of IgM binding. The specificity of this serum IgMbinding pattern in patients with MMN or distal LMN
syndromes without conduction block suggests that
these two syndromes are pathogenetically related motor neuropathies that are distinguishable from other
immune neuropathies and ALS. As a practical matter,
when this pattern of IgM binding is detected, additional electrodiagnostic studies searching for conduction block are indicated.
Other patterns of serum antibody reactivity occur
less frequently but also appear to have a high degree
of specificity for MMN and distal asymmetrical LMN
syndromes (see Table 1). These include selective, very
high titer (21:6,000) IgM binding to (1)GM, ganglioside and (2) asialo-GM, (GA,) ganglioside C6, 42).
High titers (> 1: 1,000)of selective serum IgG binding
to GM, ganglioside (with low binding to sulfatide) have
strong specificity for chronic, asymmetrical, distal LMN
syndromes without conduction block and acute axonal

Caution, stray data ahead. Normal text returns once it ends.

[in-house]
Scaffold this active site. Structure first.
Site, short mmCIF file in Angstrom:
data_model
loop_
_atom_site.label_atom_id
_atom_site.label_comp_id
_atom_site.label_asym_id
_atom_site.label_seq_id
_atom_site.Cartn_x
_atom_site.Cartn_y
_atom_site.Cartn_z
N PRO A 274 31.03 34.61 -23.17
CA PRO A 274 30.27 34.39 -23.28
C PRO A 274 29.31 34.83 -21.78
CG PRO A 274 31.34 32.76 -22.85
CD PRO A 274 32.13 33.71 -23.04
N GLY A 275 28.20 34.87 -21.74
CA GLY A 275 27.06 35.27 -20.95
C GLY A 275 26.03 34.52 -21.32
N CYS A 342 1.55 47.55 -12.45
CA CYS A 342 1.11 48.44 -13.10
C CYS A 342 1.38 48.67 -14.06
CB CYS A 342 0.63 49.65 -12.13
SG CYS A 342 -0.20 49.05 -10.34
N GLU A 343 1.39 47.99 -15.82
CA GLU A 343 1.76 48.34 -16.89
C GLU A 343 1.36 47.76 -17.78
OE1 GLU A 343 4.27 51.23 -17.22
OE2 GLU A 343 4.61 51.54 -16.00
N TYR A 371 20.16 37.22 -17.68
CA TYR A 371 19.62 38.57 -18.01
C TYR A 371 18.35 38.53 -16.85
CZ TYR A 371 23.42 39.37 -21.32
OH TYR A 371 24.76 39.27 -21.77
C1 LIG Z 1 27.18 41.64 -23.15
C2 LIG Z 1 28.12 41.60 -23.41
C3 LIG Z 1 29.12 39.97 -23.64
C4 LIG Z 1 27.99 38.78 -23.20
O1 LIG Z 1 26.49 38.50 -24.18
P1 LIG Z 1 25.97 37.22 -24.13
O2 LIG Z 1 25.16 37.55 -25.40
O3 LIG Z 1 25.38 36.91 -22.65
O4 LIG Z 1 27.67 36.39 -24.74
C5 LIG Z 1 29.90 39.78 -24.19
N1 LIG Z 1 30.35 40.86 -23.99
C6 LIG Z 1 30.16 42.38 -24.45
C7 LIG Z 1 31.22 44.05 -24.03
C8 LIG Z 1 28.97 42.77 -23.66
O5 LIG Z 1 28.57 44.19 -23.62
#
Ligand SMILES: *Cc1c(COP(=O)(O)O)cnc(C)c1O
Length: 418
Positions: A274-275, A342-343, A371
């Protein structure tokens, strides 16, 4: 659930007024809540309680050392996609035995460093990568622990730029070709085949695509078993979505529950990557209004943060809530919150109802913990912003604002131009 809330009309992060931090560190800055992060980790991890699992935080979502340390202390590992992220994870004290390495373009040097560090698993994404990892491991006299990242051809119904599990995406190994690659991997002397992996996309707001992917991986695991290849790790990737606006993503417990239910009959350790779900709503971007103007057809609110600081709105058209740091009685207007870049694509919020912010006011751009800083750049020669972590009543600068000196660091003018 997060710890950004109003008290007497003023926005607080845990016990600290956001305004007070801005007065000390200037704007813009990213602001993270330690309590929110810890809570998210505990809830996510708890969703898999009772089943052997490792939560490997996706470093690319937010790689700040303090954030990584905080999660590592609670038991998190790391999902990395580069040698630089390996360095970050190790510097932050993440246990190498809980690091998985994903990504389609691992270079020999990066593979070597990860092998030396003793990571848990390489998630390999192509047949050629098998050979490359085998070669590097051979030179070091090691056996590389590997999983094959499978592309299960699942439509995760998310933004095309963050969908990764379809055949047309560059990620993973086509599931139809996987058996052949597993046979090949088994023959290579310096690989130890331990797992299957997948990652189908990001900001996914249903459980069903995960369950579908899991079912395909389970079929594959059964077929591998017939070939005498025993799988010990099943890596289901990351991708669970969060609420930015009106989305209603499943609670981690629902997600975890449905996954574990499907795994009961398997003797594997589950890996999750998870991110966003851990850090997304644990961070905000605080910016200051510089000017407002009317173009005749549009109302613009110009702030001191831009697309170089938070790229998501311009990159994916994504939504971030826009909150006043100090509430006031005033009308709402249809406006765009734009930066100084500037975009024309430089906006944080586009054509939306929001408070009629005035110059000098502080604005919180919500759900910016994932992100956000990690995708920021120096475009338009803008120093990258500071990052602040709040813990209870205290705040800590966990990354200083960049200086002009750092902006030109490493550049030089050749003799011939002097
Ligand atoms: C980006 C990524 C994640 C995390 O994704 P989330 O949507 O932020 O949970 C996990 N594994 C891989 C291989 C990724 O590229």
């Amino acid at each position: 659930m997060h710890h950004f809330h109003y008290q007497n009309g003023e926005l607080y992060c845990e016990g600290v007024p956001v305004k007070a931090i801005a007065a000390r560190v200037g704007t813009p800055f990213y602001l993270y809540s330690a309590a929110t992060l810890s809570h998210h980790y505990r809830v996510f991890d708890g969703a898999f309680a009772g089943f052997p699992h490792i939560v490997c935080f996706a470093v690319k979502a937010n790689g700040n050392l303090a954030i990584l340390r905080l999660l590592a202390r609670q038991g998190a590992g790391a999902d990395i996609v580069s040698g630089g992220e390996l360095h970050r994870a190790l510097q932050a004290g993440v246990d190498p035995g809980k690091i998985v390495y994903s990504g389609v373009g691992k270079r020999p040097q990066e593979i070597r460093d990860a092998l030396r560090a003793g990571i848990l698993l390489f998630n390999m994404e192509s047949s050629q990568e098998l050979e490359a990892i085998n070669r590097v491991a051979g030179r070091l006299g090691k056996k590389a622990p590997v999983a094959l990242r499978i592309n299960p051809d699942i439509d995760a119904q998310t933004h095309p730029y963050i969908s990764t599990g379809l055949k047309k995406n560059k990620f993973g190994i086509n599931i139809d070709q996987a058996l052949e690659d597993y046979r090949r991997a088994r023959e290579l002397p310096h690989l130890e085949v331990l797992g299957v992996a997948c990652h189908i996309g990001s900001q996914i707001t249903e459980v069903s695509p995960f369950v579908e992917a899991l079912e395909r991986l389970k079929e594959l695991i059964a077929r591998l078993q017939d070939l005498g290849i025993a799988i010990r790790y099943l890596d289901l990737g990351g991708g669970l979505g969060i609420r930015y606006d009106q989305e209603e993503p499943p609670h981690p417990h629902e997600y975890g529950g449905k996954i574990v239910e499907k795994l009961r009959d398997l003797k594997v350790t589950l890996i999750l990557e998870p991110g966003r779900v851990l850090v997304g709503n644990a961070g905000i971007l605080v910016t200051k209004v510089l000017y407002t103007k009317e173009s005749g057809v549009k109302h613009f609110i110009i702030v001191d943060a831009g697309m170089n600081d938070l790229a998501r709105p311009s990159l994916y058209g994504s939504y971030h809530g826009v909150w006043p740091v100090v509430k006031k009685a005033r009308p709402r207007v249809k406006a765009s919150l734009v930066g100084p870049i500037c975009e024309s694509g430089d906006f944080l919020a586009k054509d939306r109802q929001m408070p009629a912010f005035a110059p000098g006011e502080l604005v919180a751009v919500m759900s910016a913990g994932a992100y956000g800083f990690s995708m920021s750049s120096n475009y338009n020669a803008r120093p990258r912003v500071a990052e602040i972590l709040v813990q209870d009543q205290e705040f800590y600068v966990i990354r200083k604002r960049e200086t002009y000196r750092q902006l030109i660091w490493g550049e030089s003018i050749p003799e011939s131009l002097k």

motor neuropathies 1431. Overall, the finding of hightiter serum antibodies with any one of four specific
patterns of binding (see Table 1) provides strong independent support for the diagnosis of immune-mediated
motor neuropathy syndromes, helps to exclude other
neurological disorders such as polyneuropathies and
ALS, and indicates that immunomodulating treatment
may be beneficial.
Differential Diagnosis
The differential diagnosis of the motor neuropathies
includes demyelinating neuropathies on one hand, and
Kornberg and Pestronk: Chronic Motor Neuropathies S45
motor neuron disorders on the other. In some patients
motor neuropathies may appear similar to ALS with
predominantly LMN signs and axonal changes on electrodiagnostic studies [7, 15, 191. Certain features can
aid in the differentiation between these disorders (Table 2). Patients with motor neuropathies may have preserved reflexes in weak muscles, but hyperreflexia is
not noted. Overt spasticity and bulbar features are conspicuously lacking, as opposed to patients with ALS
who often have prominent upper motor neuron and